Just come casual," the hostess instructed. "It will be an informal
evening, so just come casual." Though I knew the familiar
ungrammatical direction was a considerate gesture meant to put guests
at their ease, I had my usual reaction: "What in the world will I
wear?" Had my hostess simply said, "Come for dinner," I would have
known exactly what to wear, and I would have thought no more about it.
But the words "Just come casual" predictably sent me into limbo.
In the first place, the hostess did not really mean "casual." She did
not intend for the guests to be so casual as to sport jeans and
sweatshirts. Yet, on other hand, she did not want them to arrive
either black tie or in something just a shade under black in what has
come into the vocabulary as "dinner attire." No, what she had in mind
by "casual" was that intangible combination of L.L. Bean, J. Crew,
Eddie Bauer, laced with a touch of Ralph Lauren.
"Casual" is a look that is not "old clothes" but is studiously
low-key, fashion-conscious, and often expensive. Young people have an
instinct for it. My daughters have an uncanny sixth sense of how to
look casual. But I readily concede my ineptness in deciphering the
mysteries of putting together Laura Ashley flowered romance, Ralph
Lauren classy Americana, Saks polished flair, and L.L. Bean Maine
woods utility. So unsuccessfully do I manage to look up determinedly
casual that my husband claims that I end up looking stiff,
uncomfortable, and not myself. I agree. All the more reason, I say, to
take advantage of the privilege that surely comes with having passed
age 45 - that is, of dressing as one pleases.
My trouble is that I am an arrested case. Having gone to high school
in the late 1950s and college in the early 1960s, I am still
fast-frozen between '50s sweater sets and '60s preppy crewnecks. I
never made the swing into the bedraggled flower child look, followed
by the layered look , followed by the over-sized baggy look, followed
by the present outdoorsy, all-cotton, camp-style look. That is not to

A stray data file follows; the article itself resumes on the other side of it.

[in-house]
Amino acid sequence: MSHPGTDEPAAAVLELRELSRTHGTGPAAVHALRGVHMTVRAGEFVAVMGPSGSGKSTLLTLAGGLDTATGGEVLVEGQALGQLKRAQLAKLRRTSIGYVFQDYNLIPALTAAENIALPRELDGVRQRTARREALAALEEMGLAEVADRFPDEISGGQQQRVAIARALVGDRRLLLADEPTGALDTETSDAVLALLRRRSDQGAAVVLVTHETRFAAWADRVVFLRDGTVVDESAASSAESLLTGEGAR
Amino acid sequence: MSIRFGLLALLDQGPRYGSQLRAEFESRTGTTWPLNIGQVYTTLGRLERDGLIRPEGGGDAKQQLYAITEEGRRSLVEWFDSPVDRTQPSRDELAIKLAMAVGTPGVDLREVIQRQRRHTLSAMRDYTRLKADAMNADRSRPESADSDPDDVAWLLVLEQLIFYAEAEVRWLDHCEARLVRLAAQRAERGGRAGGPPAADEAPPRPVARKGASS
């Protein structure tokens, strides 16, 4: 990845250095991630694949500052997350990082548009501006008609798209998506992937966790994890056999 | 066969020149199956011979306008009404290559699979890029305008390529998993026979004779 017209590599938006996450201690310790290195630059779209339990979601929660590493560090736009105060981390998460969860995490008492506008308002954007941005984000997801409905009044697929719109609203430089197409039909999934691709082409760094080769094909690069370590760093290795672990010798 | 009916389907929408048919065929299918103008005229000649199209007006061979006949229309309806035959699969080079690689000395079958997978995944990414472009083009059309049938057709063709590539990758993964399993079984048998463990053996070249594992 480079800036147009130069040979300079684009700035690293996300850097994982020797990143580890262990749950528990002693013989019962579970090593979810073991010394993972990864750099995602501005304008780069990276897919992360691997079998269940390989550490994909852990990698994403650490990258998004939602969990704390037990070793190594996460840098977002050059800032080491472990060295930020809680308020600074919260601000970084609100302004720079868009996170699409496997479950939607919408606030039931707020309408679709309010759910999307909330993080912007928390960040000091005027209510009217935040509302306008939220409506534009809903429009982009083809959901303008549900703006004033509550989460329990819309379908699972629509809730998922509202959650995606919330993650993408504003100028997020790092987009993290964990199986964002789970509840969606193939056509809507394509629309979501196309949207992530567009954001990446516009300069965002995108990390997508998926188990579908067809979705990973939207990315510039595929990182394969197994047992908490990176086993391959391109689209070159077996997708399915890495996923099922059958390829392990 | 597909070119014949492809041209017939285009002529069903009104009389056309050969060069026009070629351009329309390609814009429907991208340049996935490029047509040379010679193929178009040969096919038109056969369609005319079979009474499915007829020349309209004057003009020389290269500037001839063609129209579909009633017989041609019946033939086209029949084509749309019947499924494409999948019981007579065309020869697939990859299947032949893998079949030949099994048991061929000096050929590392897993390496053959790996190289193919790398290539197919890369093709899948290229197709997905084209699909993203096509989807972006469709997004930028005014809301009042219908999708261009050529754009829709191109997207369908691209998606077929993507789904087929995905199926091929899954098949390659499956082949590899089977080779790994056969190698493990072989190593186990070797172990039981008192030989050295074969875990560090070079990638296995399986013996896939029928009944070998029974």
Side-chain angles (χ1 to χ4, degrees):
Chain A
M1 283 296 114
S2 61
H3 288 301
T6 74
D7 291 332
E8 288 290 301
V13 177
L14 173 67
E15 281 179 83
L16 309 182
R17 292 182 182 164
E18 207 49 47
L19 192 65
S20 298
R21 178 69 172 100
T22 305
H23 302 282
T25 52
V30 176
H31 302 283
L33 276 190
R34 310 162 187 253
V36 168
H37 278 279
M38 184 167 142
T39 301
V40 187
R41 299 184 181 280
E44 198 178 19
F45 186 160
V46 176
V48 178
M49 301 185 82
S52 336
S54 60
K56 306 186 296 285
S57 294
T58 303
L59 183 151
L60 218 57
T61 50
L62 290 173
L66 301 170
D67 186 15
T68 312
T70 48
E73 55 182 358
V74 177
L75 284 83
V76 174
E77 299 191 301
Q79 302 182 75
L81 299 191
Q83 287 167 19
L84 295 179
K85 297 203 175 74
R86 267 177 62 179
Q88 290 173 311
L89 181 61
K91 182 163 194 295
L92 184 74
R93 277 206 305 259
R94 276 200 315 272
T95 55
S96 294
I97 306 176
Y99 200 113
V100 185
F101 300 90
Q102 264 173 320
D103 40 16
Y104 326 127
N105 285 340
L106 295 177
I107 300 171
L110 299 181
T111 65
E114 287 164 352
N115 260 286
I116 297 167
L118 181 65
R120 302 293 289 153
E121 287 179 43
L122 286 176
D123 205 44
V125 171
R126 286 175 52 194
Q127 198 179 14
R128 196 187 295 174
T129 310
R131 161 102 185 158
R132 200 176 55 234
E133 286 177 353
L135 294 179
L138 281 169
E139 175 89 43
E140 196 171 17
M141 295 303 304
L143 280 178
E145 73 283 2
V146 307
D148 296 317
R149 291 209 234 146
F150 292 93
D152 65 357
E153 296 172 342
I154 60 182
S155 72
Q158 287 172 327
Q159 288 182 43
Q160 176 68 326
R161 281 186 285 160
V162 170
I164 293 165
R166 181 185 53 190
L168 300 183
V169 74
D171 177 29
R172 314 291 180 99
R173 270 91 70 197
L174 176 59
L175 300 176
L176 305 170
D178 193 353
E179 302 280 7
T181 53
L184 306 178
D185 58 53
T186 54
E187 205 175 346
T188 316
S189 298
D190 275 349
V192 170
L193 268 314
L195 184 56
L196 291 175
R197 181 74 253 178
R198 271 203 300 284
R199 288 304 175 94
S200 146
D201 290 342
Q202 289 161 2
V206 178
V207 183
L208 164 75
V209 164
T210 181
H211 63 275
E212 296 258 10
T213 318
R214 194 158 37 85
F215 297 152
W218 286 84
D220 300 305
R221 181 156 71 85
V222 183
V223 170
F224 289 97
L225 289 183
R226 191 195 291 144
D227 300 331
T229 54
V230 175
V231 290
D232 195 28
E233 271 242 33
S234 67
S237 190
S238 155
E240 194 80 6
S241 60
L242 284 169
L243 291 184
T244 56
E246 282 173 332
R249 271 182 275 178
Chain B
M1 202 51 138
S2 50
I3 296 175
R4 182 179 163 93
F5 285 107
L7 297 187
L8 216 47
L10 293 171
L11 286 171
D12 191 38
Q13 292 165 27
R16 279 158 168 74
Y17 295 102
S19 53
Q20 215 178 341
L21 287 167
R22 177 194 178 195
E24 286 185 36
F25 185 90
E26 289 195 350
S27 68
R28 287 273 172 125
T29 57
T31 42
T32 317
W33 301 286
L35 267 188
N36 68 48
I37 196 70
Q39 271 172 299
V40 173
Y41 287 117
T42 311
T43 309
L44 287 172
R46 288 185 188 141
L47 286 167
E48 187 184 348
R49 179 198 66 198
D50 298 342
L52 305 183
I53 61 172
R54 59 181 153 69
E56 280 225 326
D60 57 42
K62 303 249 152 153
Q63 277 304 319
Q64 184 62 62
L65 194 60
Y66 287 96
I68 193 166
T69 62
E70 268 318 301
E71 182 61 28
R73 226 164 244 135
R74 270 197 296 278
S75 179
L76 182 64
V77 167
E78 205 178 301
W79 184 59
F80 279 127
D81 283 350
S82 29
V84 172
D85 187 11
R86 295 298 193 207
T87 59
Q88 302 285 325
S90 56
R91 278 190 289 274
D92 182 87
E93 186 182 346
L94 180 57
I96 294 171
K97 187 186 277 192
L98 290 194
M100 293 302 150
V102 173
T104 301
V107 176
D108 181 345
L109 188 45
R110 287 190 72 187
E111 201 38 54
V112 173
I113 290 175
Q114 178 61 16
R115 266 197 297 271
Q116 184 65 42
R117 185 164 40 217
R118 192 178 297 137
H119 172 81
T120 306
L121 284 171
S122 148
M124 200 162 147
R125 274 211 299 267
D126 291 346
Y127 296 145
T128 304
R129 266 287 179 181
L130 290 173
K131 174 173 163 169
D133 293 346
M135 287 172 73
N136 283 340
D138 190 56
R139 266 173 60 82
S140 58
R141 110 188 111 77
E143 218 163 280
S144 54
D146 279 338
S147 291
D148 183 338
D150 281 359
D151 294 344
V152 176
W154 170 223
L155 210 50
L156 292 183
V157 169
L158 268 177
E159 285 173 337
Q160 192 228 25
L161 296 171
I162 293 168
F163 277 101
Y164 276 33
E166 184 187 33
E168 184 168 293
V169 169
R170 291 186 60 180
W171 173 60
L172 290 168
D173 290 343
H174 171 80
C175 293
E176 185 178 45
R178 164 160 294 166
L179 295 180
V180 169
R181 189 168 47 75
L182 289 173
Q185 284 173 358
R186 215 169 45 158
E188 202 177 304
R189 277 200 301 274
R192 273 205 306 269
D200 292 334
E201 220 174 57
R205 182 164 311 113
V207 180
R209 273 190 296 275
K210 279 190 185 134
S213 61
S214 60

say I don't ever wear comfortable, easy clothes. I do -most of the
time. I am devoted to such stand-bys as my old corduroy slacks and
cotton crewneck sweater. My favorite around-home outfit is a denim
skirt, flannel shirt, knee socks, and Rockport shoes lined with
orthotics designed for feet only one step this side of orthopedic
surgery. If someone asks me my definition of casual clothes, the old
denim skirt is what I have in mind - anything but fashionable. What I
deem my casual clothes, my real casual clothes, are also my clothes
hardly fit for public view. To me they mean either that I am set for
work in the laundry room, in the kitchen, or at the desk -or that I am
geared for a lazy old Saturday. Either way, these casual clothes have
a purpose. But if I am going out where I ought to be presentable, I
change my clothes. My outfit of choice is usually some variation on
the old '50s-'60s sweater and skirt theme, now likely to be for me
some kind of skirt, blouse, and sweater. My conservative instincts
have never allowed me to stray too far from the clothes with which I
grew up. From the sweater-and-skirt staple the dress code, according
to the occasion, steps up in fairly cut-and-dried progression to
jacket and skirt, to dress, to cocktail dress, to long gown.
OUR CURRENT "casual clothes" quandary reflects the muddy waters of
what clothes generally are now supposed to be. How can one know what
"coming casual" means if there are no longer any guidelines for how
properly to match the clothes with the occasion? Without a gauge good
taste becomes merely the wearer's whim ?in other words, not good taste
but somebody's taste.
Time was when a little girl went downtown with her, mother, and mother
unfailingly wore white gloves and a hat. They ate lunch in Ayres'
tearoom; mother ordered chicken velvet soup and a Persian nut sundae,
and the little girl ordered finger sandwiches cut in triangles and an
ice cream clown. The choice of fare never varied. Neither did the
mother's hat and gloves nor the little girl's smocked dress tied in
back with a sash.
"What to wear" was simply a question of knowing where one was going.
The going-downtown outfit was also the Sunday school outfit, at least
in our family. Protestant ladies were as bound?if not by church
practice at least by good manners - as Catholic ladies to wear hats to
church. Little girls wore patent leather shoes, little boys white
shirts and trousers. Men wore suits.
Even as late as my high school and college days the dress code was in
place. Although there were those leather-jacket, Elvis duck-tail
greasers in our big public high school, they were carefully drummed
out of the intricate and rigid social hierarchy. Girls would never
have been caught dead in saddle shoes at school. We had to wear hose
and flats. No one made us; we imposed that rigor on ourselves. No one
told us, either, that we must wear the wonderful new invention of
dyed-to-match sweaters and skirts. But we all did and I still think
there has seldom been a cleaner, more classic look.